FFA members, the TIME is ours…

Whew!! January CANNOT be over! It feels like only a couple of days ago that I was flying back home from making what feels like a months’ or more worth of memories in what was actually only a week and a half on ILSSO. And ya know, I noticed these weird effects of memory and how we feel time passing while I was on the trip as well.

If we’ve ever had the chance to attend a leadership development conference or any type of facilitated training, we’ve probably heard the phrase “the time is ours” to signify permission to start work on the given task. Since election to state office and the deluge of training that’s followed, the phrase has become a little bit of a cliché for our team. But looking back on ILSSO, I find so much meaning in that little, benign phrase.

Beginning on one end of the spectrum of how we experience time passing, I began the trip with fourteen hours of time on a plane ride from New York City to Johannesburg, South Africa. It was such a mind-numbing amount of time, and we were all just hoping to slip through it as fast as we could. In the moment, trying to distract myself, it honestly did not feel like 14 hours’ worth of time had slipped through my fingers. I only remember snippets of that plane ride, it seemingly passing in my memory in a blip. This is what I would describe as the most negative way to experience our time. Distracting ourselves to the point where minutes and hours disappear without us even knowing and gaining little to no memories from the last stretch. And it doesn’t just happen on plane rides. Something that still saddens me is how little of my two weeks of winter break I actually used, and therefore, remember. Those two weeks without structure, deadlines, or definite tasks sent me spiraling, like many of us sometimes do, into passing the hours by in a blur of YouTube, or Snapchat, or Netflix, or insert your given distraction ___ here. Needless to say, I was not contributing; I was not happy; and I gained nothing out of it myself.

Thank the good Lord that I had something to shake up my life coming up soon. My time in South Africa could not have been more different than those blurred days of winter break. I noticed immediately that with those packed days of crazy new experiences, each moment passed slower. Each day stretched out into a week. But I was remembering every detail about the day, and those memories made me feel like I was actually living life MORE. That feeling, that perspective, is how I think life is meant to be lived, fully in each moment, making memories, and FEELING our passage through the minutes going past us. This is one of the greatest lessons that I appreciate ILSSO for teaching me. Because it wasn’t just the literal mountain top experiences that gave me this slowed down perspective. I also found myself savoring every moment during seemingly mundane moments like riding on the bus, full of wonder at the little conversations and the casually awesome people I was surrounded by.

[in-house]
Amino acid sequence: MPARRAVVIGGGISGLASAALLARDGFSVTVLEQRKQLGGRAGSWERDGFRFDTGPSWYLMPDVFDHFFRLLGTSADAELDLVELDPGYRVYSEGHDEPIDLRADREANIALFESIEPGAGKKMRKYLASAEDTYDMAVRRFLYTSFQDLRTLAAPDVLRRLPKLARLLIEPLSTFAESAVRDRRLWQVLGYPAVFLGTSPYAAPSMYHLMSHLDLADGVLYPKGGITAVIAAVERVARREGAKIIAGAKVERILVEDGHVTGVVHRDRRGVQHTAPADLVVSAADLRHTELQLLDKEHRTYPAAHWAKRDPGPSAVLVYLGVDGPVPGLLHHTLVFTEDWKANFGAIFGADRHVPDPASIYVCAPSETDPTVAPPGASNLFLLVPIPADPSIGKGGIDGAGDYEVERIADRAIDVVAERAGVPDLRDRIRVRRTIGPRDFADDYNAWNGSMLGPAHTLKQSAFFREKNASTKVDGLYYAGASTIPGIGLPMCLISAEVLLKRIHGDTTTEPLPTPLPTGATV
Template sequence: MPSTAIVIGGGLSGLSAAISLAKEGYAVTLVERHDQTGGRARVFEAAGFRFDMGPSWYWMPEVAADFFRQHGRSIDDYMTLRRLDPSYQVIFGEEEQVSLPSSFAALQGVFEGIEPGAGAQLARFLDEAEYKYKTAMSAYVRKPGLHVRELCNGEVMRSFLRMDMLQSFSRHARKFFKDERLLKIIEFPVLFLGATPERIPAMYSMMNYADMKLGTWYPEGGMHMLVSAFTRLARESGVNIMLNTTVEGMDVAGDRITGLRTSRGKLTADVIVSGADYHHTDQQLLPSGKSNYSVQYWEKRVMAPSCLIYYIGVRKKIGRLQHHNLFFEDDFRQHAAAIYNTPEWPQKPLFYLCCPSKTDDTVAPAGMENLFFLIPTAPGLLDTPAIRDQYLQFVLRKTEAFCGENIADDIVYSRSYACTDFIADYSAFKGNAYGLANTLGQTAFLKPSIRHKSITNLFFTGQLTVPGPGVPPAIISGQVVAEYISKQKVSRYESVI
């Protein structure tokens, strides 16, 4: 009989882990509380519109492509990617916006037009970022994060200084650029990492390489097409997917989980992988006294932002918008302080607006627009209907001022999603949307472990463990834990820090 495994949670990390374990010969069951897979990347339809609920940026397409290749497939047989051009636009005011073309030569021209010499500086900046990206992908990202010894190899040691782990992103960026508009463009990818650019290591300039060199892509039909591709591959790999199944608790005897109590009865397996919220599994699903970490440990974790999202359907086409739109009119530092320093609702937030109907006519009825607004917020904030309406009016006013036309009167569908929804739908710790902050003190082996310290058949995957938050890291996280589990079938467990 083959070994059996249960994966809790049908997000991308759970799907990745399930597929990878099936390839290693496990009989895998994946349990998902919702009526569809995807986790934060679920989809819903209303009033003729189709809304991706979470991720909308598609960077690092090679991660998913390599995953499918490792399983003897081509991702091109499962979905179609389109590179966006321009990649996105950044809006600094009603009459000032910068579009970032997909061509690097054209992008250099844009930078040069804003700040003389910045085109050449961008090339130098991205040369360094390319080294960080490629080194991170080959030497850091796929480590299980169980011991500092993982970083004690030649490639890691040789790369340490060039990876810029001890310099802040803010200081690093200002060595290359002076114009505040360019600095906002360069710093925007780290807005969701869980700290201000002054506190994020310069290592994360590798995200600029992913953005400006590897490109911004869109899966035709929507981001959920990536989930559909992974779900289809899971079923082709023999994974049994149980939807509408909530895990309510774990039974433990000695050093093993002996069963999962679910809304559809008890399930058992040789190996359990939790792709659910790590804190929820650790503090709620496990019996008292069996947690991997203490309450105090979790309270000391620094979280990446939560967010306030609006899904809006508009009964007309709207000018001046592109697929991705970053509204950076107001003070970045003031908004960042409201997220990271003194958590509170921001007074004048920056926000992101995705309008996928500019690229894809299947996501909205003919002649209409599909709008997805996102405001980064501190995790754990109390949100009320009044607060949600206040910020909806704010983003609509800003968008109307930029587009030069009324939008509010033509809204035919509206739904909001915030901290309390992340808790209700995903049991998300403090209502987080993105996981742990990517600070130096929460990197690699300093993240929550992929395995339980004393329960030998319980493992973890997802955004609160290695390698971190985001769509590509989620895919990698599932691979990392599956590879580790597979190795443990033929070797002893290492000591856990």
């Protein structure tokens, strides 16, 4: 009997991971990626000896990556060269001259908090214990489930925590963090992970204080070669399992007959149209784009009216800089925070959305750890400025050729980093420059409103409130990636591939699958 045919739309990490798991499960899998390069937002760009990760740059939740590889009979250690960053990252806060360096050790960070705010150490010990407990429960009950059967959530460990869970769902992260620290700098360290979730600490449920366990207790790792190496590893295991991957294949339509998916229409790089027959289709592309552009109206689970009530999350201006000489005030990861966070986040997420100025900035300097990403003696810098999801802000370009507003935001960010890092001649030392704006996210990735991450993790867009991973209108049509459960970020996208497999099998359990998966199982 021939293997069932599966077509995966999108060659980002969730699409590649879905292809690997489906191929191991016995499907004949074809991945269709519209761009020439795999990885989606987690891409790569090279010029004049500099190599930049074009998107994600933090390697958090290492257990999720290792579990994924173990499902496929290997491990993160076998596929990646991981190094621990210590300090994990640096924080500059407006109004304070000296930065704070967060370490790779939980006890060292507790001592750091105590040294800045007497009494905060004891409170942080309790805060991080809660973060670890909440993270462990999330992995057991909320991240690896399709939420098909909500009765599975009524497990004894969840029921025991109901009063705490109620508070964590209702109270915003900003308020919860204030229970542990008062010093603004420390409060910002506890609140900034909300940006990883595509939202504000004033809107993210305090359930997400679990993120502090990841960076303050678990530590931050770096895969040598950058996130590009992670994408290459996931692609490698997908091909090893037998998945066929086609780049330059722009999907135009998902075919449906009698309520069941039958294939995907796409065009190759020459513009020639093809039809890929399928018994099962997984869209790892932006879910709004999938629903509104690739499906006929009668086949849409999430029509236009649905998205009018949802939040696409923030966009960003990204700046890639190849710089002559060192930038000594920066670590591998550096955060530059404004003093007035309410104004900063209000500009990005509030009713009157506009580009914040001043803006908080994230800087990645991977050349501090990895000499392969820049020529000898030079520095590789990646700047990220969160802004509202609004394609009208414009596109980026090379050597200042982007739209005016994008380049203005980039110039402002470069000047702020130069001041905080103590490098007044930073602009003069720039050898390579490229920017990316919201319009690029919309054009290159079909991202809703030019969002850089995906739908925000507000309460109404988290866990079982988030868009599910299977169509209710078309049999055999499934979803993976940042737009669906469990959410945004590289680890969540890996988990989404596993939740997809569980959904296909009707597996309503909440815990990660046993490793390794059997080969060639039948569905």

These moments, mountain top and mindful, showed me that everyday life can be just as awesome as crazy new things too; it’s all is just a matter of perspective and finding the little, awesome things in each moment. So FFA members, the time really is ours, to use as we see fit, and to experience either mindfully and fully, or distractedly and fleetingly. Let’s choose to appreciate our moments, and hopefully, create some more awesome memories for the people around us who need them even more.

Living to Serve,

Max Harman